Leo could not recall starting to run across the road. As if in a dream, or a nightmare, his awareness found him halfway to Precious as the old dog stood in the path of the Jeep.
Old humans should not be able to run as fast as they did when they were teenagers, competing in the mile or the cross-country races, not caring about winning or losing, joyfully losing their tormented adolescent self-consciousness in a flood of pain and endorphins. Old humans should be aware of the impact on their knee and ankle joints, should dial it back a bit, should keep a jot of self-consciousness in order to avoid injury.
Or just pulling something.
Leo, not exactly old but nearly four decades past his high school track career, happily ignored all this, and ran his heart out to get to Precious in time.
Never a sprinter, Leo had observed the coaches work with the short-distance runners enough to know that unlike the distance races, in a sprint you start all-out and run all-out until your quadriceps can no longer lift a foot off the track’s surface.
Time slowed as his running speed increased. It seemed he had hours before the Jeep and Precious would collide.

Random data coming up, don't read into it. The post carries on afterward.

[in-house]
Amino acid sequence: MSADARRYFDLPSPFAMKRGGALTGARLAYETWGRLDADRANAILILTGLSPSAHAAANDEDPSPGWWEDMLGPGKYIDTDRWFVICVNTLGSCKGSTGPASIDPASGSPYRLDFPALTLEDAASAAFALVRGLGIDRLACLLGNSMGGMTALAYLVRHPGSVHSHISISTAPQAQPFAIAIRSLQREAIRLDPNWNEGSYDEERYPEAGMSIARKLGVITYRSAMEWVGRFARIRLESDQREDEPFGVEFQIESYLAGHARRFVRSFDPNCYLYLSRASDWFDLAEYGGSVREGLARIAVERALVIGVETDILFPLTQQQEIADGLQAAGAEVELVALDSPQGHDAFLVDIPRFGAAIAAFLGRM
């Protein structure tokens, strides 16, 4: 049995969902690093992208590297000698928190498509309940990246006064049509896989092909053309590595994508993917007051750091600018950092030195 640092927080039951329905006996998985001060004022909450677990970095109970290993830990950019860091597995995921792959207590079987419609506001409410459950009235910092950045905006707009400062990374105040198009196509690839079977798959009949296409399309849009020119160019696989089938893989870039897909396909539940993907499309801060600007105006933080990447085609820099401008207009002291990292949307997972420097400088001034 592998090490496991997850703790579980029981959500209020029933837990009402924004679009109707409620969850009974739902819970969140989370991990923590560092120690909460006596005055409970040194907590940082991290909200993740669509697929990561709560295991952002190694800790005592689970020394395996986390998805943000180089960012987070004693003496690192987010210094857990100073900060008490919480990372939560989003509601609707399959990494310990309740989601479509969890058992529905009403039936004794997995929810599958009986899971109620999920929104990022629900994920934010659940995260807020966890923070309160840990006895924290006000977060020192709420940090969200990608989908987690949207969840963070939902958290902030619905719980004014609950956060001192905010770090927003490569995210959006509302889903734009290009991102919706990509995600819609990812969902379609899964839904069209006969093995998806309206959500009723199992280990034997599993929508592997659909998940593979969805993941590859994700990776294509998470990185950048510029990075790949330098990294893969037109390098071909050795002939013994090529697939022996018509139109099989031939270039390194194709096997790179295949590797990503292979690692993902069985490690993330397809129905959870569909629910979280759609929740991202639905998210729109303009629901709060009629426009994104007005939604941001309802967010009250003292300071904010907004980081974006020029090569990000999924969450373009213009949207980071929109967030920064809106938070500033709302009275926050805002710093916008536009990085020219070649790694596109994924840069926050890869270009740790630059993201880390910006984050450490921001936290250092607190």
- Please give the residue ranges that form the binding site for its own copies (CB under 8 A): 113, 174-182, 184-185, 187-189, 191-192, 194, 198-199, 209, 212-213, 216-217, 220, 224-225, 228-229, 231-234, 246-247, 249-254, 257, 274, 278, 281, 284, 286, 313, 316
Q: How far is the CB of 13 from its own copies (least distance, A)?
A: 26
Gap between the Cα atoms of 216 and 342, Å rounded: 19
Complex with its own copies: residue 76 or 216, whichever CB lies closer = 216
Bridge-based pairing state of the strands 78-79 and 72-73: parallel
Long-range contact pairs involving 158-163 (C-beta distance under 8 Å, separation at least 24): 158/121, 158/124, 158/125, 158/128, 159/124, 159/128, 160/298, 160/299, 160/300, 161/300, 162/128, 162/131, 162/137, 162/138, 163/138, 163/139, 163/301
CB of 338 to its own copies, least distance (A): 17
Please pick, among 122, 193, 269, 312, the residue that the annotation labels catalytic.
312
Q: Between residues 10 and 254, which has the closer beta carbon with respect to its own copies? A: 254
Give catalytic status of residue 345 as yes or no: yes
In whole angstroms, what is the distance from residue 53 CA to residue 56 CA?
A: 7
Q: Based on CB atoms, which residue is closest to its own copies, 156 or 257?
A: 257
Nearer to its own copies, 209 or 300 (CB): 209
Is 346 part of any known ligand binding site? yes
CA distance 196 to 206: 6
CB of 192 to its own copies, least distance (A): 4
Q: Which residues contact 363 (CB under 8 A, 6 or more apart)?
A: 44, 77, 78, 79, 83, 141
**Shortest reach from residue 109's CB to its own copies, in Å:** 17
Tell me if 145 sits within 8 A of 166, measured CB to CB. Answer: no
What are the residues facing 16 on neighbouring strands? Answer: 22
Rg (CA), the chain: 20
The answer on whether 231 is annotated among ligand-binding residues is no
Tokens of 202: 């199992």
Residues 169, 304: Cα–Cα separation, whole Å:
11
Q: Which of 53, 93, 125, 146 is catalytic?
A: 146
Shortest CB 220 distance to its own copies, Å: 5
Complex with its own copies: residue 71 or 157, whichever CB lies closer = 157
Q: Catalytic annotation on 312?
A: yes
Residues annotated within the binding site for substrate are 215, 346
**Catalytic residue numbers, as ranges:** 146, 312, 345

Then, in a blink, it was over.
The next sound Leo heard also moved into his awareness at its mid-point. Franny’s voice, yelling something.
He could not make out the words. Slowly his brain processed the sonic data and informed his awareness that the sound was coming from above him.
Unable to make sense of this, Leo shook his head, trying to clear the signals and start again.
Gravel ground into his hair and ears.
I’m on the pavement, he thought. His mind flashed back to the previous summer, finding Kassandra the barista in much the same position after he’d knocked her over with his bicycle. Wasn’t that the same night as the first time he and Franny had kissed?
“Hold still, idiot,” Franny’s voice cut through his flashback. “Hold still. I think you’ve knocked your noggin pretty well already. No need to make it worse.”
Sirens blared from a distance.
“Precious?” Leo asked, and could tell nothing from the answering expression on Franny’s face.